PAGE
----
Beaches get cleaner as tar vanishes

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SITTING on the beach at a British seaside resort should now be more pleasant than at any time for decades, an exhaustive new report shows.

Tar - the sticky, oily nuisance that has long ruined days at the seaside - is rapidly disappearing from our beaches, as the result of a remarkable, but unsung, environmental success story.

The report, by the authoritative Advisory Committee on Oil Pollution of the Sea (Acops), provides "the first conclusive evidence" that the contamination of Britain's beaches is in "consistent and continuing decline".

It says that incidents of tar pollution, which it has logged for more than 30 years, fell more than fourfold between 1976 and 1996, from 193 incidents to just 44 a year.

New figures, to be published by Acops later this month, will show that they dropped further last year to just 39, the lowest number on record. The fall has occurred right round Britain's coastline, with the exception of the West of Scotland, which is on an important tanker route from the North Sea.

At the same time, there has been a dramatic fall in the number of oil spills from tankers, despite occasional disasters such as the wrecking of the Sea Empress two years ago, which polluted much of the coast of south-west Wales.

Last year, only 16 of the 41,000 tankers that passed through Britain's waters spilled oil - about one-sixth of the 93 incidents reported in the peak year of 1982. Again, this was the lowest number ever recorded.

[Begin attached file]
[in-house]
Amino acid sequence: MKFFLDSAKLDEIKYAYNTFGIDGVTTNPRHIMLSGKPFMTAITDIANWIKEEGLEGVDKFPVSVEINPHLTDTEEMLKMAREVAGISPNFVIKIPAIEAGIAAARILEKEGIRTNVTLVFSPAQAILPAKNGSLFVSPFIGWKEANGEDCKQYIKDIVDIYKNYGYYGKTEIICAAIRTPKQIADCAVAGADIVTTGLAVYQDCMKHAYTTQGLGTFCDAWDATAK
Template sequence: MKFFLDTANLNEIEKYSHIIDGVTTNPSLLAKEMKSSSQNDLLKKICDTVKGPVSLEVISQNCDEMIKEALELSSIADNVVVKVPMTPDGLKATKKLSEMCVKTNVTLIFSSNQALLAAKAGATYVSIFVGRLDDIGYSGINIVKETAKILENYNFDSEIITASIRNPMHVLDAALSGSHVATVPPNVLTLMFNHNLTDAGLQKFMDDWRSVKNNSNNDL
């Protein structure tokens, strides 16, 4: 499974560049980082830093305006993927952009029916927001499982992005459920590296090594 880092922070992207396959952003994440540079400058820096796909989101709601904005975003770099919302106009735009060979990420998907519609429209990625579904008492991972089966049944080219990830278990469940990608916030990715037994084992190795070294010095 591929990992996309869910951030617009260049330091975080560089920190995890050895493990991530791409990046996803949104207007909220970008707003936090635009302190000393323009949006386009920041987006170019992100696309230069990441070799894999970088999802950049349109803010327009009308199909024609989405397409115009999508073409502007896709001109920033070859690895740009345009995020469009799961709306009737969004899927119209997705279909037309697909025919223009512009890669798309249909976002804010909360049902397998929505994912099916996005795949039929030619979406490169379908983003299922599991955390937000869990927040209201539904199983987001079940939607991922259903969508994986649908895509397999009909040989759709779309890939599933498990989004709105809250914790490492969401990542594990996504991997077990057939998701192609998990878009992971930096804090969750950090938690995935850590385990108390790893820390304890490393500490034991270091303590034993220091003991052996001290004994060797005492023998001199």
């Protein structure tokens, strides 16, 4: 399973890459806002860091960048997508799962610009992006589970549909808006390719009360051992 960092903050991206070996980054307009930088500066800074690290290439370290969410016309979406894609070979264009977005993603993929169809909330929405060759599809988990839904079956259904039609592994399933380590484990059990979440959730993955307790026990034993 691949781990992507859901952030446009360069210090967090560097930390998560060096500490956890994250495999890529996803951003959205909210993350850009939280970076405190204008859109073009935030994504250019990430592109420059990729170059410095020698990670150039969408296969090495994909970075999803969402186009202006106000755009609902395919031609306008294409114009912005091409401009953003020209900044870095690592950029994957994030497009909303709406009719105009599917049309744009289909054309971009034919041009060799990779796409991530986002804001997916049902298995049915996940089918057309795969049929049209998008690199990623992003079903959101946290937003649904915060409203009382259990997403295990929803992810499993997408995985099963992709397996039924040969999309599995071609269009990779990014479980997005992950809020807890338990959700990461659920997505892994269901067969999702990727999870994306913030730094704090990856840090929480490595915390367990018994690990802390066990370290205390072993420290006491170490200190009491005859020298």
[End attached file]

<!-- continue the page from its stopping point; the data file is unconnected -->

Dr Trevor Dixon, of the Environment Centre at Buckinghamshire Chiltern University College, who produced the report, said: "For the first time we have conclusive environmental evidence that the maritime transportation industry has successfully responded to political and public pressures for cleaner seas and beaches."

He adds that this is largely due to international laws introduced by the International Maritime Organisation - a little known United Nations agency.

Tankers have become better designed and operated as a result. And deliberate discharges of oil from cleaning tanks at sea - a far greater cause of spills than accidents, and the main source of tar on beaches - are now strictly controlled.

Lord Callaghan, who helped to found Acops and is now its president, calls this a success story. However, the report, Long Term Analysis of Oil Spill Statistics for the Waters around the British Isles, also shows that other types of ships and installations have not followed the oil tankers in cleaning up.

Oil pollution from other types of vessels - mainly discharges of the fuel used to power them - have actually increased. But the oil is much lighter than the heavy tars carried by tankers and, though spills endanger wildlife, it is broken up and dispersed before it reaches the beaches.

Spills from North Sea oil and gas installations far off shore have also shot up, and more than doubled from 1995-96.